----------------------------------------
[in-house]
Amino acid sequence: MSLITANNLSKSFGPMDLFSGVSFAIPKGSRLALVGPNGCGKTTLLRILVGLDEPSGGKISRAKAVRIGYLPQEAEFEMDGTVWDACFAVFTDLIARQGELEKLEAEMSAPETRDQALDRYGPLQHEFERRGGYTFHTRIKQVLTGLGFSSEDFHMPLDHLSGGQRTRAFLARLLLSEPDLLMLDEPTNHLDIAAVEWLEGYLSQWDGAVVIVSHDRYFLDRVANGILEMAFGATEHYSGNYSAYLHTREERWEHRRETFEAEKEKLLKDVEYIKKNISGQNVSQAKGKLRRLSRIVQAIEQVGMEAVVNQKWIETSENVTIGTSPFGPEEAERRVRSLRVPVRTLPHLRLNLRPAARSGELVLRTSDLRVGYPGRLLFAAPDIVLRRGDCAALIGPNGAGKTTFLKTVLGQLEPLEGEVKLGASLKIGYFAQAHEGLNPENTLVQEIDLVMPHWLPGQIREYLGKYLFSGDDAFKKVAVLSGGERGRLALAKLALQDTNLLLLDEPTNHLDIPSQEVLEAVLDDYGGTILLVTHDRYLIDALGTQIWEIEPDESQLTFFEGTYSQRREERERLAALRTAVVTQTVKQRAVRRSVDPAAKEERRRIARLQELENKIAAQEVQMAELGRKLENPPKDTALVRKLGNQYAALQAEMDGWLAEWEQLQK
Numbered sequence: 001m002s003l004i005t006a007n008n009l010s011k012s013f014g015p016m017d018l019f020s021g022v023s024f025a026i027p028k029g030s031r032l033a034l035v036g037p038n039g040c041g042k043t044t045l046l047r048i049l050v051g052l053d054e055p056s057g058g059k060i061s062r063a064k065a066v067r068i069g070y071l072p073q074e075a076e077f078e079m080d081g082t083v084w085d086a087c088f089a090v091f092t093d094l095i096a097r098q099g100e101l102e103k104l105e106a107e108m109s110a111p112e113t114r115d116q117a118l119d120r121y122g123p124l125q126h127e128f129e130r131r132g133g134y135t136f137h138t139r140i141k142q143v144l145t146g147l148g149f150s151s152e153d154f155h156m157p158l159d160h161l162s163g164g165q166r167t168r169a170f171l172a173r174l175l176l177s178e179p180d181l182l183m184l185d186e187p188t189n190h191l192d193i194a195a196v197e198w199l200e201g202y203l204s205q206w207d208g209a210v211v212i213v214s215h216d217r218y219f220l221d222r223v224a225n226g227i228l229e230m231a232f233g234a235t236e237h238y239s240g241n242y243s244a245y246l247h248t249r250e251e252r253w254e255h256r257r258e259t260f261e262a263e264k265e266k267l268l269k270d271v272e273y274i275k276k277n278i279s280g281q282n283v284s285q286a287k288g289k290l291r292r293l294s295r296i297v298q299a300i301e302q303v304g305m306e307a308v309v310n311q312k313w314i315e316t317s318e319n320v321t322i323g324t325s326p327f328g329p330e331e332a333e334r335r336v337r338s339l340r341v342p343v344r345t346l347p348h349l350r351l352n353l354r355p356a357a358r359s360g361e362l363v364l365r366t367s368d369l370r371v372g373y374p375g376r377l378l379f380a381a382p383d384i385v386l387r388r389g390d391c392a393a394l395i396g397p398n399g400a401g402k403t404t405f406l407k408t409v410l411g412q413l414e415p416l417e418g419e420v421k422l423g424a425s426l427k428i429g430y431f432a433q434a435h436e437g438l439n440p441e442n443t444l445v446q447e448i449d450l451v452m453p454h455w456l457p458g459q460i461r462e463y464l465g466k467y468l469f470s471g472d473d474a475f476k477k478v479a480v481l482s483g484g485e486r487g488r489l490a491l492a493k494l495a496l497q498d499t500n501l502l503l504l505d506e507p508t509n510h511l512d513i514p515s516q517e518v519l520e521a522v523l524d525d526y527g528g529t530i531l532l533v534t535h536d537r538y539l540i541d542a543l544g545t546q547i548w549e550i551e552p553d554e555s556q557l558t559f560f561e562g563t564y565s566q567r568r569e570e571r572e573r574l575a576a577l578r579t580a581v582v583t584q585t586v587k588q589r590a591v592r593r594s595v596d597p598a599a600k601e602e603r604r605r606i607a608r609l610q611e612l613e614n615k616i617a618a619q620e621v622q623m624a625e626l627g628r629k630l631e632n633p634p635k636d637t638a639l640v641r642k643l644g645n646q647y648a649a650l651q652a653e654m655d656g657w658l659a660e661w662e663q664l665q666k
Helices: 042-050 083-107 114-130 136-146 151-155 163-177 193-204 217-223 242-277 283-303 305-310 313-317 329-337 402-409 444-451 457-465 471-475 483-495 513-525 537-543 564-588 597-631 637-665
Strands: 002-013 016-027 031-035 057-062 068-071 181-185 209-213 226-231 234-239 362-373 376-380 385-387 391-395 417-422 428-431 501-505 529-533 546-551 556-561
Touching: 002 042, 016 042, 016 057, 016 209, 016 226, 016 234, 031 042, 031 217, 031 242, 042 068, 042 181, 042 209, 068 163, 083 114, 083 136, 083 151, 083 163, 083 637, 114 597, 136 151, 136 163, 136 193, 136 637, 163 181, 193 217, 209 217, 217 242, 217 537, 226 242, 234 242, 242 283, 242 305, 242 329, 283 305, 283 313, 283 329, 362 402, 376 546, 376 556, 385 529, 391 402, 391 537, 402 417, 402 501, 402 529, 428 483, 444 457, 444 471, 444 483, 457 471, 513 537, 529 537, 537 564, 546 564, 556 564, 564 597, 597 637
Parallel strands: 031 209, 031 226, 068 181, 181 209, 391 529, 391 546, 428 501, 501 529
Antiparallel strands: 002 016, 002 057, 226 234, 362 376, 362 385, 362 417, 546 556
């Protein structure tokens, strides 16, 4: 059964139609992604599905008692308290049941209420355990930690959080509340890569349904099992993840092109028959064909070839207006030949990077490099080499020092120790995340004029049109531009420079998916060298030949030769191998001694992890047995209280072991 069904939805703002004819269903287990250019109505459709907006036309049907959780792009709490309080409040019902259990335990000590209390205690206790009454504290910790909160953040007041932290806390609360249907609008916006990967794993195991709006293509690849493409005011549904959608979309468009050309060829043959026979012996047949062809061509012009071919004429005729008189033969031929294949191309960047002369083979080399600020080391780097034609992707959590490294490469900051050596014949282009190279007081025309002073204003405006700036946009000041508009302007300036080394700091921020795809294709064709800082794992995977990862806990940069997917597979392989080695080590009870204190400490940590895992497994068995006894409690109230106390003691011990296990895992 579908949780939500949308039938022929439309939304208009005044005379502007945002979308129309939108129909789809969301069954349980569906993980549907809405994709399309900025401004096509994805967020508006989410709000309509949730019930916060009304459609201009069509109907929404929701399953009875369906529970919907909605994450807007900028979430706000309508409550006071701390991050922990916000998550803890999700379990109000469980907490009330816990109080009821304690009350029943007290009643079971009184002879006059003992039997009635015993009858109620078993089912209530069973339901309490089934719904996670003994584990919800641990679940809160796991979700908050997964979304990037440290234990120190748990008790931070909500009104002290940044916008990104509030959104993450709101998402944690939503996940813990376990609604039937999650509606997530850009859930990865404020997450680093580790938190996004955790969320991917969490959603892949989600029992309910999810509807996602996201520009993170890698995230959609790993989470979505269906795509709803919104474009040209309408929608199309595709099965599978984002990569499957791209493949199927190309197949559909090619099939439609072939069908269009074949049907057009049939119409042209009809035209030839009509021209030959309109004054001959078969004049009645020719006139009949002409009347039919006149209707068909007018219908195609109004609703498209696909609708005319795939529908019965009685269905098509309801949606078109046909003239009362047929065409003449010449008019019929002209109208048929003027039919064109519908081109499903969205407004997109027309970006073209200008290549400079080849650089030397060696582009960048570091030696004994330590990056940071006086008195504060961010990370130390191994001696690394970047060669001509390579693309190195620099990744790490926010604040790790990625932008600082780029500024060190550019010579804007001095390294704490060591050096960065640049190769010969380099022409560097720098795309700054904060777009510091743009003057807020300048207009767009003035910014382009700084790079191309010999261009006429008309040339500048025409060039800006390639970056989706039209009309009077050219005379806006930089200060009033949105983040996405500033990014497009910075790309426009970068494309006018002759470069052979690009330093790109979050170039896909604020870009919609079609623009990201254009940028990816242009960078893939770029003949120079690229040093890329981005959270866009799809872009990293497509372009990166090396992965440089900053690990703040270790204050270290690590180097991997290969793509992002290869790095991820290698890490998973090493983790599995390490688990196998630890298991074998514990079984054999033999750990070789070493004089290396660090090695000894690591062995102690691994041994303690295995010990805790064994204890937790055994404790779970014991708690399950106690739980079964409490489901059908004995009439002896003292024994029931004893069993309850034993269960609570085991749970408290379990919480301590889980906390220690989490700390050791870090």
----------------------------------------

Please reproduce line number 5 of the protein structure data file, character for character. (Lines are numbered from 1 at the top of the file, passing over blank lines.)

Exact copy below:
Strands: 002-013 016-027 031-035 057-062 068-071 181-185 209-213 226-231 234-239 362-373 376-380 385-387 391-395 417-422 428-431 501-505 529-533 546-551 556-561